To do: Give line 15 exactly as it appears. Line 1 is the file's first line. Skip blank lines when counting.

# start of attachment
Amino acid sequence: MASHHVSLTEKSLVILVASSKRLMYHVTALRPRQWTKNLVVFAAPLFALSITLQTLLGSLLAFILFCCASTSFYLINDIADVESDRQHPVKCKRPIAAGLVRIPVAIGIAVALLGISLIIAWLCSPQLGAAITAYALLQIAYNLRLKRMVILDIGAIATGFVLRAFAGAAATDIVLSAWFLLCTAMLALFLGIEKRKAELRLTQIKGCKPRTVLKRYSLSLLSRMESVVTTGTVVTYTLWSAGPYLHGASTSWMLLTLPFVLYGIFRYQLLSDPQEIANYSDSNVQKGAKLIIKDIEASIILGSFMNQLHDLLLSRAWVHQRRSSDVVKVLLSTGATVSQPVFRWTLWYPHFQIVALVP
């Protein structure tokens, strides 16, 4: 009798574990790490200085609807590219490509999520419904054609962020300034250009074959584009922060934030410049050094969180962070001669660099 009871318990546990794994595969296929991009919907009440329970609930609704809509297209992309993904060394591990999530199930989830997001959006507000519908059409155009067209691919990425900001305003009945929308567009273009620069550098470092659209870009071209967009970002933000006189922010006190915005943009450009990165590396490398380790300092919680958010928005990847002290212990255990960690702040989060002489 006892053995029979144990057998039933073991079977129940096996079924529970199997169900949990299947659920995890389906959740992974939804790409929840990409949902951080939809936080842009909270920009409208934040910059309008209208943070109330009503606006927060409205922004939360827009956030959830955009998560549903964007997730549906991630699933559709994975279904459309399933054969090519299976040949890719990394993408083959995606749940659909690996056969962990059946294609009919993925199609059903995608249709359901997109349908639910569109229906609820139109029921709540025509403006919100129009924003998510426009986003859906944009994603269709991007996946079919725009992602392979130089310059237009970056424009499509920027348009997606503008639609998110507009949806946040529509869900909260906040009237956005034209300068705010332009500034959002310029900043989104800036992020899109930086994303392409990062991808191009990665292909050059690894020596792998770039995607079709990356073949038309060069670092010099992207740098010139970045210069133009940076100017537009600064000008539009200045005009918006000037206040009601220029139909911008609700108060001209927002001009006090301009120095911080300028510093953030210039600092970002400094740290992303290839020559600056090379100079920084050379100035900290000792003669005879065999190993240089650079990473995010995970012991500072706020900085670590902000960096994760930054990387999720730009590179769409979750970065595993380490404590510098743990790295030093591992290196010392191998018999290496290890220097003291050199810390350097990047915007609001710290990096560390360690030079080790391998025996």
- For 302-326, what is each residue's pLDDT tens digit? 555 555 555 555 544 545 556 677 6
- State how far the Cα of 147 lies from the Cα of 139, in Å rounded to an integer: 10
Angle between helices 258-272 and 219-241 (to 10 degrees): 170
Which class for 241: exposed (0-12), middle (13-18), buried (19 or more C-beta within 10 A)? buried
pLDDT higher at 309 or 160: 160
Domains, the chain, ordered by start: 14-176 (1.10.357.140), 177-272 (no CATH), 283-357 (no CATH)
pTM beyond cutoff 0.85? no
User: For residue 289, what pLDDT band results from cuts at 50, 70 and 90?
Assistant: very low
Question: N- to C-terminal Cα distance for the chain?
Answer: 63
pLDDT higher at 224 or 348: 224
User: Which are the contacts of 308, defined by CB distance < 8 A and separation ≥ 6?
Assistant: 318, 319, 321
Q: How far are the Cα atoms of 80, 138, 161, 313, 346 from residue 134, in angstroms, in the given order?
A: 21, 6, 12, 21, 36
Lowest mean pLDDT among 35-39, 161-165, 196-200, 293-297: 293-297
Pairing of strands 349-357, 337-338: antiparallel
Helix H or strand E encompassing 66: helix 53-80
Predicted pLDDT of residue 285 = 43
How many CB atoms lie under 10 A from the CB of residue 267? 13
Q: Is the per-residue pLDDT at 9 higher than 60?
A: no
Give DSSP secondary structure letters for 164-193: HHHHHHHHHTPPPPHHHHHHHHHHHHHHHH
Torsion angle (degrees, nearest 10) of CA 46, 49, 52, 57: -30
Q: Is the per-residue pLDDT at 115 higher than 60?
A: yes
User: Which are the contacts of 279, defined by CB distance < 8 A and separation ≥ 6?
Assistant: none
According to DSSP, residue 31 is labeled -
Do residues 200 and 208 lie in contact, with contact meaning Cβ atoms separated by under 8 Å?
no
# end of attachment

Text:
User: Which are the contacts of 308, defined by CB distance < 8 A and separation ≥ 6?